Stoic dialectic provides the tools needed to analyse and understand the world. The Stoic schema of types of grammatical term (“name”, “intransitive verb”, etc.) corresponds to the ontological schema of genera (the qualified, the disposed, etc.). For example, by using a name we refer to some region as having an individual quality. The tensional field that is Socrates contains very complex and stable motions characteristic of a rational soul, and the name “Socrates” corresponds to the individual property of “being Socrates”, just as the grammatical class of names corresponds to the ontological class of individual quality [ἰδίως ποιόν]. Christensen treats the genera as reference classes. An object might to belong to every reference class, since the one object can be understood in different ways: ‘Socrates is an individual quale, but he is also, as everything else, prime matter in a certain state (ὕλη πως ἔχουσα)’ (p. 51).
Rational agents (i.e., ordinary human beings) experience the world and come to form beliefs about it. Some of these beliefs will be true. Over time an agent’s set of true beliefs expands and becomes richer and more complex, as the agent experiences the flux and change of the external world and gradually looks for patterns and stabilities, seeking to ensure that his set of beliefs is internally coherent and externally accurate (p. 58). The ultimate, ideal outcome of this process is that the agent comes to have knowledge, but this is possessed only by God and the Sage. The beliefs of imperfect rational agents count as opinion. Knowledge must be absolutely coherent and maximally comprehensive: ‘complete knowledge, in an idealist sense, is only possible for God or the Sage’ (p. 61).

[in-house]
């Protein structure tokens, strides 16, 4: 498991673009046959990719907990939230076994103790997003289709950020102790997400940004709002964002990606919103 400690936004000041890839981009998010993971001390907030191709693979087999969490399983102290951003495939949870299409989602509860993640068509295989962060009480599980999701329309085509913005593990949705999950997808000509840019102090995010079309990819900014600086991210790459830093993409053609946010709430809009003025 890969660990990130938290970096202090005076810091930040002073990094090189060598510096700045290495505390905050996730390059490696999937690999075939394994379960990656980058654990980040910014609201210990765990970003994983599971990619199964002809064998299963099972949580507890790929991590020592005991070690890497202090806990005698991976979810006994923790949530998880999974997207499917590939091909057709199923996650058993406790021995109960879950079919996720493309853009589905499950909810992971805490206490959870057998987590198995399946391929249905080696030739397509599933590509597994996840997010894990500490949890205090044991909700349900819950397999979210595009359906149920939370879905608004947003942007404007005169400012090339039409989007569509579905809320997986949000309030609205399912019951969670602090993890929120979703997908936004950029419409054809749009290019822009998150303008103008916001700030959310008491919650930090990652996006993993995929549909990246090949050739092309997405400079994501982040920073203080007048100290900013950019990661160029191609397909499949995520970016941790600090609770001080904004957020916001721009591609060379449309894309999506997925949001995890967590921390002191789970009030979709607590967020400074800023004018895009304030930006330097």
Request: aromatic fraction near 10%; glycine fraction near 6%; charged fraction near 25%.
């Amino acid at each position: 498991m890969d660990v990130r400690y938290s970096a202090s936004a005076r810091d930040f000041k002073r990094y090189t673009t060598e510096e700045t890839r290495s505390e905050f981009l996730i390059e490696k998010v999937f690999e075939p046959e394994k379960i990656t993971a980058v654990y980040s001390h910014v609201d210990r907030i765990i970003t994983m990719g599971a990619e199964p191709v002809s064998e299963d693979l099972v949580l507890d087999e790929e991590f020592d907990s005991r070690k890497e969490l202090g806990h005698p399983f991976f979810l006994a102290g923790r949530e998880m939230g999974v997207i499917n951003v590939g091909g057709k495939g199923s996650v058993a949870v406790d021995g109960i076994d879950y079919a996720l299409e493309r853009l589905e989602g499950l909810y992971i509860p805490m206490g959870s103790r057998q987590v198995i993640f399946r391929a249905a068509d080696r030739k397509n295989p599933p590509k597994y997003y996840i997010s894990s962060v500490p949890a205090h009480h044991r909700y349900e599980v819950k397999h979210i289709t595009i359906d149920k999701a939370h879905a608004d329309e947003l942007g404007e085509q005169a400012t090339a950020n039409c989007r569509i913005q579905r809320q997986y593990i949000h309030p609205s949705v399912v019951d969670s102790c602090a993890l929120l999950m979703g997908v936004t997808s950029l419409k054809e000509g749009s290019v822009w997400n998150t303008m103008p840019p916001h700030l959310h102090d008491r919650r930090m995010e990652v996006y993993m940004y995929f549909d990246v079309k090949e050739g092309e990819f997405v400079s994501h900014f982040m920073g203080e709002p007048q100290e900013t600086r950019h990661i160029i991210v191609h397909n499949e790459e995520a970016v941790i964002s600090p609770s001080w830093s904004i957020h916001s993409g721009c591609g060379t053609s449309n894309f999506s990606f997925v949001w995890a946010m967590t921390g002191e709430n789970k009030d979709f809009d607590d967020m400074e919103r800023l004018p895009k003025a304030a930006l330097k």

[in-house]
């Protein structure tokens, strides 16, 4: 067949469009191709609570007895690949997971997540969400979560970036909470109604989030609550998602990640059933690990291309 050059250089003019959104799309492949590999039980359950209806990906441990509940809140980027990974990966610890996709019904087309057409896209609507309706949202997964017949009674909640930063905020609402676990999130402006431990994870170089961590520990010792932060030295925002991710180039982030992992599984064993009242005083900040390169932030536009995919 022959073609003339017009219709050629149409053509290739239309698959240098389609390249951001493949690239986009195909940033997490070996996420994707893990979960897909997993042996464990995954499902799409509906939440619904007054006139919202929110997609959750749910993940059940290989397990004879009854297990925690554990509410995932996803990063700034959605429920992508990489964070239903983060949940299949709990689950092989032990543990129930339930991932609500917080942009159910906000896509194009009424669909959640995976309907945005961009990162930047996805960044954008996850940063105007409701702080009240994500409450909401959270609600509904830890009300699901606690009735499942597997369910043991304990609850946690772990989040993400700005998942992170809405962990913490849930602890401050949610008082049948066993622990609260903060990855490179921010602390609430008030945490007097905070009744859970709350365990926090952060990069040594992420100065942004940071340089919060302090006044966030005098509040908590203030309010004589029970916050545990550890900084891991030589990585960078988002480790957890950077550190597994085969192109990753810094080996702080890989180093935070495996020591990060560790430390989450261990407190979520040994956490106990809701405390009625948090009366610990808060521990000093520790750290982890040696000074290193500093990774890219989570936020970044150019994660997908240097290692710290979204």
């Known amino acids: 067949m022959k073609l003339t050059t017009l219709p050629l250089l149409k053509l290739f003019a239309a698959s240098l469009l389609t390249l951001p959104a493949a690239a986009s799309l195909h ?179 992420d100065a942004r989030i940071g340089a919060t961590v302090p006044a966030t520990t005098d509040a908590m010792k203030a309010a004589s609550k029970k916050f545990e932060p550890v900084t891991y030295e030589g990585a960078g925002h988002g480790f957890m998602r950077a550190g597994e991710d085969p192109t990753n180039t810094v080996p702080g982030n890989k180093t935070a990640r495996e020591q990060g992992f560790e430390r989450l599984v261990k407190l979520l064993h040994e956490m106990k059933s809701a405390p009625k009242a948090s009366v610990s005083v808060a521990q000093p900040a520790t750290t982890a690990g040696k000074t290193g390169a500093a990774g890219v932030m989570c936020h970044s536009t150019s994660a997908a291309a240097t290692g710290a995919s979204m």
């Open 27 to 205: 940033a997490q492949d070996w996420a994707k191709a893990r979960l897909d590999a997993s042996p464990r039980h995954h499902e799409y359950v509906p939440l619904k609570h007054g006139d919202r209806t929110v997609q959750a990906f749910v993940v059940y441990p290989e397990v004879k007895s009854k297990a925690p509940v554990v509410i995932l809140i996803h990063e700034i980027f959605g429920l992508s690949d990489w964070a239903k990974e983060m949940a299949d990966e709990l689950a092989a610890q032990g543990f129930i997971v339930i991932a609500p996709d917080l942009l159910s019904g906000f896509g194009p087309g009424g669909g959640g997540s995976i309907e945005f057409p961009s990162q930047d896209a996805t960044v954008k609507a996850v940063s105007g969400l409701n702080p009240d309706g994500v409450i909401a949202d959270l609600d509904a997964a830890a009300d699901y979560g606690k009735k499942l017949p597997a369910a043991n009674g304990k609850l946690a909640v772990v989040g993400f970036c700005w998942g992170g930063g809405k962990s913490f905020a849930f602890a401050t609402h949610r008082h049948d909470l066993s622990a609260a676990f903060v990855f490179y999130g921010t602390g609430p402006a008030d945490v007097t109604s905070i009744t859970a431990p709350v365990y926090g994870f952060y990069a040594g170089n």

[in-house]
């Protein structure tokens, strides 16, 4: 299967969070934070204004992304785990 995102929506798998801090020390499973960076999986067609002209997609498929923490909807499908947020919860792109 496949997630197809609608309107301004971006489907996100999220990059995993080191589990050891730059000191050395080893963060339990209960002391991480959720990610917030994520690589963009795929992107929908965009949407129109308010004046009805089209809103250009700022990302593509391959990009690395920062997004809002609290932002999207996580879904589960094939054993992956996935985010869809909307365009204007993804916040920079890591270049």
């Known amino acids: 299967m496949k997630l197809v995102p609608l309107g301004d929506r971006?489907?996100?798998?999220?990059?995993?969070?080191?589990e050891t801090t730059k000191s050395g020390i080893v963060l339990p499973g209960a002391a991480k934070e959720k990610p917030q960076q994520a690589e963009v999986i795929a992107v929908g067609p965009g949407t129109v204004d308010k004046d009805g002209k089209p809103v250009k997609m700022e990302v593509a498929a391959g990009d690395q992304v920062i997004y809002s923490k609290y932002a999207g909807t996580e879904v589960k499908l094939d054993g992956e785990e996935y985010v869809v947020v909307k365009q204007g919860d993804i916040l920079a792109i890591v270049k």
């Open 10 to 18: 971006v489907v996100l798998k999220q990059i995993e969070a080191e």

The Sage lives virtuously, which means that he lives in agreement with nature. The Stoics claim that every living creature has an innate drive for self-preservation and the preservation of its constitution: this is the doctrine of oikeiosis, which Christensen translates as “adaptation”. The Sage’s process of adaptation finds him conforming to the universe as a whole: ‘ [The Sage] is, in a sense, God. He is really living consistently with himself and with Nature, having “knowledge of whatever happens by nature”, because he is Nature’ (p. 68). Only the actions of the Sage are virtuous, and in acting the Sage does not seek for anything external. The Sage represents the highest expression of the Stoic vision of unity with the cosmos.
Christensen discusses Stoic political philosophy in an appendix, and he argues that the Stoics were committed to social and political reform. He describes the ideal Stoic community as anarcho-syndicalist, but suggests that the Stoics recognized the viability of other constitutional forms, such as an enlightened monarchy.
Several of the interpretations of Stoic doctrine that Christensen offers are intriguing. The book is short but rich in argument, and I have here outlined only its most prominent claims. Christensen’s prose is mostly lucid, but occasionally dense. Once or twice (e.g. the discussion of Stoic physics in terms of fields) I would have liked the argument to proceed a little more slowly. The text does not overflow with footnotes, though it is clearly the product of careful consideration of many Stoic texts.